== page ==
Los Angeles in the 1900s

Angel’s Flight and Third Street
This bucolic scene was Los Angeles in the 1890s, Third Street looking west, past Hill Street. A church on the northeast corner is within walking distance of the residences. That’s the Crocker Mansion at the top of Bunker Hill, a landform that effectively cut off this part of the city from growth to the west.
[Image is from the University of Southern California archives. For a larger version, click here.]
This photo, made in the 1890s, shows the Third Street Tunnel before its completion and before the construction of Angels Flight. The palm tree is in front of the lot where the Conservative Life building will be erected. The Crocker mansion can barely be discerned in the haze.
[Image is from the University of Southern California archives.]
These early photos were both made around or after 1903, the year the Third Street tunnel was opened. Both appear to show one or both Angels Flight cable cars as open to the elements. If they were Olivet and Sinai, as the cars were named, they were later enclosed, as shown in the photo below. Note the simple arch in front of the tracks and the frame buildings with filigreed ornamentation.
In the lower photo above you can actually see the western end of the tunnel in the distance.
The lower photo shows how apartment buildings replaced the frame structures of earlier years. The Crocker Mansion is the fancy building at the top of Bunker Hill, and the viewing tower stands behind it to the right. There appear to be electric lights in the tunnel: In June 1903 a journalist had suggested coating the walls of the tunnel with radium to provide illumination.


The crowds on Third Street, particularly those gathered in the middle distance at Broadway, indicate a festive observance, perhaps the Fiesta de las Flores. One of the cable cars can be seen just above the word FLIGHT. Note the pedestrians on the steps who didn’t want to wait for the cable car or to pay a nickel for their ride. And there are plenty who walked through the Third Street tunnel from the west side of town.
The Crocker Mansion is almost completely hidden in this artificially colored shot from the early 1900s by a new apartment building that faces Clay Street. The Saint Helena Sanitarium, with a vegetarian restaurant, is on the northwest corner of Third and Hill. The gabled buildings at the left were later replaced by the Ferguson Building, shown below.
Ornamental street lights have been added.
[Image is from the Brent C. Dickerson site, A Visit to Old Los Angeles.]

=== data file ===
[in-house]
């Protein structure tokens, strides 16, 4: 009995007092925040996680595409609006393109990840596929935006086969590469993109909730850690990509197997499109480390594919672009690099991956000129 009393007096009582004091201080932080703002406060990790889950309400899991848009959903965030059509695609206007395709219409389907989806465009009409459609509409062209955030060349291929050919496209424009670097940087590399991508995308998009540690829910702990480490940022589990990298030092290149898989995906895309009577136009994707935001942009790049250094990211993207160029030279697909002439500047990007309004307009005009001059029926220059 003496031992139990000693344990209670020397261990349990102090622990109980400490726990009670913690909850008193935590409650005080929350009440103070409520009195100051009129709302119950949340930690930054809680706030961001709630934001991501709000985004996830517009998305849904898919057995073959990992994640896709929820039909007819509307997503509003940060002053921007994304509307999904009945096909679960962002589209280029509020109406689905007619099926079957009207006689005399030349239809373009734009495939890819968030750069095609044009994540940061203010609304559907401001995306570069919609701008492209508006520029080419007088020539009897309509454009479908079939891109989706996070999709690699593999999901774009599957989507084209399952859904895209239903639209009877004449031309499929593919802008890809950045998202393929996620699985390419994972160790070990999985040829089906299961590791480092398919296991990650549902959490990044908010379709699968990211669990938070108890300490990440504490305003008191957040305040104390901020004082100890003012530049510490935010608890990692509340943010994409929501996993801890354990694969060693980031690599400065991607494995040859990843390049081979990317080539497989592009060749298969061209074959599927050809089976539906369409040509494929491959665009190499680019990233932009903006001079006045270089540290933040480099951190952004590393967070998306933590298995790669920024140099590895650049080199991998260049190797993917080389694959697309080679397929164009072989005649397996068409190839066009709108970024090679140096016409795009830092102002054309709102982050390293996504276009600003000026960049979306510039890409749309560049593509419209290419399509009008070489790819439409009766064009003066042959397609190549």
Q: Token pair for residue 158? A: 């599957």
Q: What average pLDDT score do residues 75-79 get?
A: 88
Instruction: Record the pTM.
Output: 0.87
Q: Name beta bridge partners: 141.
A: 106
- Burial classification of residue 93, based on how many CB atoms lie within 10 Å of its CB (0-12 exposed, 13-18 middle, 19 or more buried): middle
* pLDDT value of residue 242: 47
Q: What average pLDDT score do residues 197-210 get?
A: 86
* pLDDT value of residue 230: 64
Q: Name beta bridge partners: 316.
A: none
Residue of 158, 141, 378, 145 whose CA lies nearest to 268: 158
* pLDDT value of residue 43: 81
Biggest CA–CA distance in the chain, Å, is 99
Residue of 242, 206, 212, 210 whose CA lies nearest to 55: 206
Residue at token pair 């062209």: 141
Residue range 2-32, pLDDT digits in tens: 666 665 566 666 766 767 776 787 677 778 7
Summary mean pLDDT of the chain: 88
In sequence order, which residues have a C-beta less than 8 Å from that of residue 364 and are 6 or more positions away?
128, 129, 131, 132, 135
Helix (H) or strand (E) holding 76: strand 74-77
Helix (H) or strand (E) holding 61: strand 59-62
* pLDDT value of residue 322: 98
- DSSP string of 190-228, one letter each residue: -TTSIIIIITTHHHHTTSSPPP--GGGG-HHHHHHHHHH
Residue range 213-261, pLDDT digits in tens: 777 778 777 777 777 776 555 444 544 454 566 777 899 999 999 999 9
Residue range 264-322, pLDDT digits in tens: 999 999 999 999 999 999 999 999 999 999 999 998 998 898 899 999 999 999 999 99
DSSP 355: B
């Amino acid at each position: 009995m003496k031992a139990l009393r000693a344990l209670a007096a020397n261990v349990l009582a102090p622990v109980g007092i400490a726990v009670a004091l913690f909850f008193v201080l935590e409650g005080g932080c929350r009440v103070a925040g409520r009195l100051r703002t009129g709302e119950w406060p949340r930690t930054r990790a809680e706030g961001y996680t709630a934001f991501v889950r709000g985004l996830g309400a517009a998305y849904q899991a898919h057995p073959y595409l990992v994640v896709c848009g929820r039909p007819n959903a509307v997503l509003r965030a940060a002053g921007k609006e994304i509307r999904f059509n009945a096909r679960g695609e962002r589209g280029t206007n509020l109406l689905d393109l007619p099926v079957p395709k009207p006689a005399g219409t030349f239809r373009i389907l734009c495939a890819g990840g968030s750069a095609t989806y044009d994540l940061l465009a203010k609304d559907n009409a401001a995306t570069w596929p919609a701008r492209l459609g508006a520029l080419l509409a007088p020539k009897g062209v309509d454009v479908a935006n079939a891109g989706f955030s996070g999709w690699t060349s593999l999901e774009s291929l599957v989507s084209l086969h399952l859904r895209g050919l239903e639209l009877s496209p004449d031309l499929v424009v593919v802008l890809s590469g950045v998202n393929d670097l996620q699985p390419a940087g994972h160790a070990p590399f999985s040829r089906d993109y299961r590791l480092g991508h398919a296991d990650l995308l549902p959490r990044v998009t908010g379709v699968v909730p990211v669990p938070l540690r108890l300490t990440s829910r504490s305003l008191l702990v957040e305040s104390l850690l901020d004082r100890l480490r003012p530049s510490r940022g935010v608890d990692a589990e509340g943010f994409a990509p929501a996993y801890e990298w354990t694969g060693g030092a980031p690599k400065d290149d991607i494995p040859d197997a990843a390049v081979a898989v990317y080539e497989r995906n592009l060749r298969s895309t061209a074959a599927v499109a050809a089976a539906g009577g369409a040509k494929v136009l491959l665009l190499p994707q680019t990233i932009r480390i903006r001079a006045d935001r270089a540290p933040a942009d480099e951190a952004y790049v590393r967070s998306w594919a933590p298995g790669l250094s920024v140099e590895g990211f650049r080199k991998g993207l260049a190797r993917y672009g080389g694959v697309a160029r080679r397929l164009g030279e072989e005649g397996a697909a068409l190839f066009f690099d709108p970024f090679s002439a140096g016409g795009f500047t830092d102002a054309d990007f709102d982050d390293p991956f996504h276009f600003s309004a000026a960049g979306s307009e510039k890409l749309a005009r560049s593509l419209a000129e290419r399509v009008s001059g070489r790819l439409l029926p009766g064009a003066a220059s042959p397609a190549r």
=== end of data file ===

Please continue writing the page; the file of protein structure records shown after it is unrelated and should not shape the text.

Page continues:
The Crocker Mansion is gone in these shots from what appears to be the late teens, replaced by the Elks Lodge (the building bearing the sign BPOE, for Benevolent and Protective Order of Elks; the same initials appear on the new archway entrance to Angels Flight). Saint Helena’s has been replaced by a rooming house, but the vegetarian restaurant remains.
The striped awnings mark the ground floor of the Conservative Life building, and the white-columned archway at the right appears to be the entrance to the YWCA.
The wooden houses on the southwest corner have been replaced by an office building.
[The top image is from the USC archives.]


American flags grace this shot from the 1920s. It would be nice to know what the sign over the tunnel had to say.

The ornamental street lamps and the viewing tower have vanished in this view, probably from the 1960s. Grime covers the retaining wall.
Olivet and Sinai bravely continue their up-and-down transit during their waning days at Third Street as Bunker Hill is transformed behind them. Angels Flight was moved a block farther south but is now out of action again as the result of its first fatal accident.
The Third Street tunnel (marked by the line of lights just above the automobile) now runs beneath a residential and commercial development.The photo was taken in February 2003. Ornamental street lights have returned.
More about Angels Flight (includng a film clip)
in this fine page by Dace Taube.

What would it be like to live in Los Angeles a hundred years ago?
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For a personal look at Los Angeles in the 1920s and 1930s, click for
He Usually Lived With a Female: The Life of a California Newspaperman

Los Angeles history